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Healthcare news from Montana Public Radio.

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Negotiations between the state and companies that help people with developmental disabilities seem to be at a dead end. This after some lawmakers urged the state health department not to end contracts with the companies due to budget cuts.

Health Department Outlines Cuts To Services For Special Needs Kids
Corin Cates-Carney

The state health department is taking the next step to chip away at $49 million in budget cuts. That’s how much Governor Steve Bullock and state lawmakers told the department it had to reduce expenses at the end November’s special legislative session, in order to balance the state budget after lower than expected tax revenues last year.

More than 40 people came to the DPHHS hearing on Medicaid cuts Thursday, Feb. 01 in Helena.
Corin Cates-Carney

The Montana health department faced blistering public comment Thursday on their plan to cut more than $12 million from Medicaid services. Governor Steve Bullock and state lawmakers reduced funding to most state agencies to balance the state’s budget.

The roughly $12 million is part of the Department of Health and Human Services’ continuing work to cut $49 million in spending. That’s more than more than 4.5 percent of its general fund budget.

Thompson Falls resident Amanda Childers testified before a legislative committee Thursday about how the job training component of Montana's expanded Medicaid program put her on a path to a career in health care.
Eric Whitney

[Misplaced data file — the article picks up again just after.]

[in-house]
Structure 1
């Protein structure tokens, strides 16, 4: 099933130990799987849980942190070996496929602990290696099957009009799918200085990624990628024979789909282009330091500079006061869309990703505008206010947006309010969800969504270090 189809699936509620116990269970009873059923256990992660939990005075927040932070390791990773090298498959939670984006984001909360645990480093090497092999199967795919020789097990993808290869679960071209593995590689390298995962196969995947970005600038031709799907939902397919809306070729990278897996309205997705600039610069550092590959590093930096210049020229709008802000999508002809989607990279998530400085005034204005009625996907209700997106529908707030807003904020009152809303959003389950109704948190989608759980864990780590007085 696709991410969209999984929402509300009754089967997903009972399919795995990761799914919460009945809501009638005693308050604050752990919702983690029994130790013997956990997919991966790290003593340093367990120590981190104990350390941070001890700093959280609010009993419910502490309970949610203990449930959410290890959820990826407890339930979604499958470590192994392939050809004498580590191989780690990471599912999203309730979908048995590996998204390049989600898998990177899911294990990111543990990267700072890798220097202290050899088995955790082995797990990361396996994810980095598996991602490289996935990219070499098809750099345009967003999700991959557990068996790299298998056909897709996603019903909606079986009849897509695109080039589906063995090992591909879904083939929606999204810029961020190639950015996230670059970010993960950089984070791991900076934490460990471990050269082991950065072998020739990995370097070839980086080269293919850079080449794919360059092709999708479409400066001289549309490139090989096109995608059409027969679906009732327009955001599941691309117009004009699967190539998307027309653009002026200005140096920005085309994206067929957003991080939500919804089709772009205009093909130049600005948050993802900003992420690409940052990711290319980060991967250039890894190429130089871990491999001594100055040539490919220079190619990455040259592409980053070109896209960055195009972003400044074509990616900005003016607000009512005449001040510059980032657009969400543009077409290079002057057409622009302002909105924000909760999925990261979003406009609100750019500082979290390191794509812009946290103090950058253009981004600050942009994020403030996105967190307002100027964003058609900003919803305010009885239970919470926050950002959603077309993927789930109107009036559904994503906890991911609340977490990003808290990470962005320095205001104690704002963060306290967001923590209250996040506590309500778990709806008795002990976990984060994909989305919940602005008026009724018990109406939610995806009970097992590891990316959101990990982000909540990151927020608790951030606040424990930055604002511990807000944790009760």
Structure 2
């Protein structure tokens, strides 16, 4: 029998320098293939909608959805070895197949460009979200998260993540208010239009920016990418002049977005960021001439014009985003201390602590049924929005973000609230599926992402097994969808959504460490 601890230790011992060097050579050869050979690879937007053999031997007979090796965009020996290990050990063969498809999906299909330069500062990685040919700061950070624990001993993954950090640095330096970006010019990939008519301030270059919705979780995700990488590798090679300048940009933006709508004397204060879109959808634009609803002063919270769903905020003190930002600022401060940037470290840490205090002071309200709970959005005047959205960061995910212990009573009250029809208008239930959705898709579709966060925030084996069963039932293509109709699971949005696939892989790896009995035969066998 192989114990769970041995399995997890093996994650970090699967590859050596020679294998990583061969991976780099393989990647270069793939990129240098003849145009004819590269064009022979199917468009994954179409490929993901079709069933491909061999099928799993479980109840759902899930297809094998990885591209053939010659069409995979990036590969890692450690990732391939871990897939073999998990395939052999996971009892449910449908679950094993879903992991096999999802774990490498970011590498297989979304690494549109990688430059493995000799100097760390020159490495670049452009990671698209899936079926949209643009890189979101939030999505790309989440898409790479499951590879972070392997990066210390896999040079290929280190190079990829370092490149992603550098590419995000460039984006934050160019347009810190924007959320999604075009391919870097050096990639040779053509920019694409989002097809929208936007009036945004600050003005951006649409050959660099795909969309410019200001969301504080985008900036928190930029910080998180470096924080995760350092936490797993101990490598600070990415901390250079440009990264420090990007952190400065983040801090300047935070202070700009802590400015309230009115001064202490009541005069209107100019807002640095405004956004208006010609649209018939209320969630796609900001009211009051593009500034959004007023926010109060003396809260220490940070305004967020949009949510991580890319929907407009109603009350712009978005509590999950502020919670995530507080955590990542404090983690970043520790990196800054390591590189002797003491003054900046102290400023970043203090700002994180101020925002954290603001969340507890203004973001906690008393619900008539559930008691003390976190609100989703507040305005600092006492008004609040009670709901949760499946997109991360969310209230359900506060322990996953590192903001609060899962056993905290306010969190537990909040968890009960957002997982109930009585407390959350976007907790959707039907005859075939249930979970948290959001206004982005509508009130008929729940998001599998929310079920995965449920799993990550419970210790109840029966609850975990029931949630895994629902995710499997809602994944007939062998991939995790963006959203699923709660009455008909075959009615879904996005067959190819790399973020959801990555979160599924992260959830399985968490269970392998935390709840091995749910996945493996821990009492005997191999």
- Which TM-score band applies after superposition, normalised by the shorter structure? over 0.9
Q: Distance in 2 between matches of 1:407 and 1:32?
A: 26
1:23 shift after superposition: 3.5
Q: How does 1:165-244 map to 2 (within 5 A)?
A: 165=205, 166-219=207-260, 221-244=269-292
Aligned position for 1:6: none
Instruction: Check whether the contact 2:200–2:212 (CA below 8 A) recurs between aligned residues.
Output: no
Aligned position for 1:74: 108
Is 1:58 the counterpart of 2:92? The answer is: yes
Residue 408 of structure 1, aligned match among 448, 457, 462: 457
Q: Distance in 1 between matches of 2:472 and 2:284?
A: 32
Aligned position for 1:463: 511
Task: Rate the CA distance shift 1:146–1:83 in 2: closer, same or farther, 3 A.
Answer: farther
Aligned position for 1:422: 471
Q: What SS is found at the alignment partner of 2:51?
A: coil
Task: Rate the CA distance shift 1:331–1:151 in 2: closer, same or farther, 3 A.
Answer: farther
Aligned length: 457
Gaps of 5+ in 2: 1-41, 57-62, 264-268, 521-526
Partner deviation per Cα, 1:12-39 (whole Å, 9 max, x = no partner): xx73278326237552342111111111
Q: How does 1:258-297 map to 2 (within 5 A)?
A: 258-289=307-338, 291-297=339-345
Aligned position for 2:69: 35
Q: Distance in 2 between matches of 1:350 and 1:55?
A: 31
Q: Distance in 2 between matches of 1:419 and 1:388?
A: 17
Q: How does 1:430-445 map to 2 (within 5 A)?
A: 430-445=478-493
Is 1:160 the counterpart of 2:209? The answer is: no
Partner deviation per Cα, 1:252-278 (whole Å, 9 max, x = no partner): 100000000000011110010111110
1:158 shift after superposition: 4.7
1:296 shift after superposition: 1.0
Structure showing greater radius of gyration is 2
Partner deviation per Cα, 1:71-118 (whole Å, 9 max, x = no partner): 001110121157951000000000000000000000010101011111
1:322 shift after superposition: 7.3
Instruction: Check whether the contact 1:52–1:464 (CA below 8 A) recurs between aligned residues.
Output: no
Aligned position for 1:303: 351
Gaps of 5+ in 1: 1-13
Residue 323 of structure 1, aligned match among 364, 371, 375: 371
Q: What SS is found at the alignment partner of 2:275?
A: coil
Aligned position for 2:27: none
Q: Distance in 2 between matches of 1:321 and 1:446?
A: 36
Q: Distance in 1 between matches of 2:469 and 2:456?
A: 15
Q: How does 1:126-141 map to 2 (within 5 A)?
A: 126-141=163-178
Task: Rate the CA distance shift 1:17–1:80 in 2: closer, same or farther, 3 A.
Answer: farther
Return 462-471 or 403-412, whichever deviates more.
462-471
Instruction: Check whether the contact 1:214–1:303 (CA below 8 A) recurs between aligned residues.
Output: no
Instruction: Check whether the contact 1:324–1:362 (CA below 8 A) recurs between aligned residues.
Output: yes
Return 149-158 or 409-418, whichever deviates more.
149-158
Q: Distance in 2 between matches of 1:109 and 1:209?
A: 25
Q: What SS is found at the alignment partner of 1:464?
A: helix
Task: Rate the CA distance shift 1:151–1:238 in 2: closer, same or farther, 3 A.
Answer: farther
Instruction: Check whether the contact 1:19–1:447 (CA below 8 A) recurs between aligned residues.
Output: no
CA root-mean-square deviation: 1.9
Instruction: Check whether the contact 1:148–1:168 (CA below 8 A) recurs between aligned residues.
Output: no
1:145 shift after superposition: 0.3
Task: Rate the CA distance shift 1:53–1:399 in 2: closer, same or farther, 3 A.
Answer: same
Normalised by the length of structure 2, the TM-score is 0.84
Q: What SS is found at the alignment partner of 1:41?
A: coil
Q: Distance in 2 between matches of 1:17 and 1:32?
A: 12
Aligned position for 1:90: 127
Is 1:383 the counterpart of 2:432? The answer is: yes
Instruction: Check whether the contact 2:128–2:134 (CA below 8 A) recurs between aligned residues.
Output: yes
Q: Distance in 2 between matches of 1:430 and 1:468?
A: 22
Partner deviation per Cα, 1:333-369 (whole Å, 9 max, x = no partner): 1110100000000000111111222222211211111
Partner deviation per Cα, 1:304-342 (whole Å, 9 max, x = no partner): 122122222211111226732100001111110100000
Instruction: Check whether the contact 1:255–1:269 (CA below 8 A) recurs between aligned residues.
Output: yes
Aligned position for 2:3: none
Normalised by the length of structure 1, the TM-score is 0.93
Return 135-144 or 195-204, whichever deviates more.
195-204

Last week the Trump administration made a historic change to Medicaid, the health coverage program that’s jointly funded by the states and federal government. For the first time, states were given the OK to require Medicaid recipients to work in exchange for health coverage.

Republican lawmakers tried to do that in Montana 2015, but the Obama administration said no.

Todd Lovshin, VP/MT Regional Director, PacificSource, Scott Malloy, Senior Program Officer, Montana Healthcare Foundation, Dr. Monica Berner, Pres., BCBS Montana, Pam Palagi, V.P.of Finance, St. James Healthcare, Butte, testifying Jan. 17, 2017.
Eric Whitney

A legislative committee on health care prices seems split on whether giving consumers more information about health care prices will make much difference.

Last year Montana's Legislature set up a committee to study transparency in health care pricing, concerned that consumers don't have enough information about what health care procedures cost to shop for the best deals. And that means there's little incentive for providers to offer low prices.

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